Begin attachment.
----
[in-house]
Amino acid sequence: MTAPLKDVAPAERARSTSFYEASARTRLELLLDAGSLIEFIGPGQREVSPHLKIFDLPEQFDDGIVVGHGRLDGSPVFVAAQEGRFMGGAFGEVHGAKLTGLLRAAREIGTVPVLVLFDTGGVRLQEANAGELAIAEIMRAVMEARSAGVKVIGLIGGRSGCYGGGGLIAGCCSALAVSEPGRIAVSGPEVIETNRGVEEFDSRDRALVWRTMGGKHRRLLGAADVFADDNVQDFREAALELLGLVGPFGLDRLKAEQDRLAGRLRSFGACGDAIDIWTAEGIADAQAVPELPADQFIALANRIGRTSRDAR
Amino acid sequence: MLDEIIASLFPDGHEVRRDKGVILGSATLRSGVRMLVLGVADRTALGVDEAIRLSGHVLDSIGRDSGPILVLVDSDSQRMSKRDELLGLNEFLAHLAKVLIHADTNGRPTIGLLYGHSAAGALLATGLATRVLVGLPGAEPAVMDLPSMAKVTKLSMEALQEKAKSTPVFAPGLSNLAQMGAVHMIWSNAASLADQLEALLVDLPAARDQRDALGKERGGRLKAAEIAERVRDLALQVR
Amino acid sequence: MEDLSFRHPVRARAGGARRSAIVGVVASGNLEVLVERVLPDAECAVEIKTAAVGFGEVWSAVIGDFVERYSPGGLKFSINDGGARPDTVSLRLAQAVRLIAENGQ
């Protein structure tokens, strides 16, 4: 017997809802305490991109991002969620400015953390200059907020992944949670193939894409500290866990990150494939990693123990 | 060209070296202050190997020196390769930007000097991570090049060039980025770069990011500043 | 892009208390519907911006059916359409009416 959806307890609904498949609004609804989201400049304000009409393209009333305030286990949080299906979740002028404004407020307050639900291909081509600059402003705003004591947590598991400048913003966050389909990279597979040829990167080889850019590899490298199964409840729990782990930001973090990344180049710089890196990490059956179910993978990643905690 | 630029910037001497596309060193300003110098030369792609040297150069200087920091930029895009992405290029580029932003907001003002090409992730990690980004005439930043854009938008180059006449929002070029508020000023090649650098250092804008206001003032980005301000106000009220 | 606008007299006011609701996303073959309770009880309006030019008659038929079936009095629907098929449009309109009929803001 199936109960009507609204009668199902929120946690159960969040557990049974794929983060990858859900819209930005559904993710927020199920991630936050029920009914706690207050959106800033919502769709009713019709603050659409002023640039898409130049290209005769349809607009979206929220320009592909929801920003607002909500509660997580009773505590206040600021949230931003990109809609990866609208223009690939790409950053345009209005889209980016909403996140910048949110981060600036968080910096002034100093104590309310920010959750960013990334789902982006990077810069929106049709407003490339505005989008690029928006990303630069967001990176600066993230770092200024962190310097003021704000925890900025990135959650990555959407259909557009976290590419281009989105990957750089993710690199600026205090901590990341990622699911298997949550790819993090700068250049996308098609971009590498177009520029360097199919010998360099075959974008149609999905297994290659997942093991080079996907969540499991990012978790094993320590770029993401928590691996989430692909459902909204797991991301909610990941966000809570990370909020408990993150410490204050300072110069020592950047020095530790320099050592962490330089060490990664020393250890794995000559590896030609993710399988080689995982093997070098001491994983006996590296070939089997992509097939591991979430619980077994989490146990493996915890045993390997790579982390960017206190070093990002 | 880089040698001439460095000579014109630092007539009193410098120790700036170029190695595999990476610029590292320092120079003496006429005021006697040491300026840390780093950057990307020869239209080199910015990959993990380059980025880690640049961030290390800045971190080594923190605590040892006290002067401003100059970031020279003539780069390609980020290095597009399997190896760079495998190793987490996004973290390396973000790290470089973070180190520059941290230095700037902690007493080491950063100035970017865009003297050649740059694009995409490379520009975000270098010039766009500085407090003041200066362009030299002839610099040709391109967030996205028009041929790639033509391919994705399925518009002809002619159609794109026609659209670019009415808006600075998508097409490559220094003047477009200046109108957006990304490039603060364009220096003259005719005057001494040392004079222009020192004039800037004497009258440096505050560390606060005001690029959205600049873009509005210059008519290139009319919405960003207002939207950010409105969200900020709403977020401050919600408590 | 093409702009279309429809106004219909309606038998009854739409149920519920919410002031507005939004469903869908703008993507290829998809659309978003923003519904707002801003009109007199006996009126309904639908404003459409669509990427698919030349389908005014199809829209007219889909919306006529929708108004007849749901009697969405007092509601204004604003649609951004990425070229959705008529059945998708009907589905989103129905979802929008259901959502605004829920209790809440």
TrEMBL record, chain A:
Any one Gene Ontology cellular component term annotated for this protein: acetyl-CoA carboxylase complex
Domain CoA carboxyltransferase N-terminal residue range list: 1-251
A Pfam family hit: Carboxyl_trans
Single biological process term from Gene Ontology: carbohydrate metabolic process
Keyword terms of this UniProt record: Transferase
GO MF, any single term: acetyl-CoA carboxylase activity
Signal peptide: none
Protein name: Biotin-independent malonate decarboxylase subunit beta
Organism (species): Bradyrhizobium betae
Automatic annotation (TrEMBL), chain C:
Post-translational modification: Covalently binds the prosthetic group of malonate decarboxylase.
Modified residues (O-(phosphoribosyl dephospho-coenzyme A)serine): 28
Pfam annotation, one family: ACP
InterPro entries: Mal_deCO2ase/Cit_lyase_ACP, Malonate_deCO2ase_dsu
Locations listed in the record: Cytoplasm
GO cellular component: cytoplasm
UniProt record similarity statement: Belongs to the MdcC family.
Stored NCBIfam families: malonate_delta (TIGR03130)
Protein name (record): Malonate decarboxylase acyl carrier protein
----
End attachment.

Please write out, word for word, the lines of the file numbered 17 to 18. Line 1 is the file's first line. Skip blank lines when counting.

Post-translational modification: Covalently binds the prosthetic group of malonate decarboxylase.
Modified residues (O-(phosphoribosyl dephospho-coenzyme A)serine): 28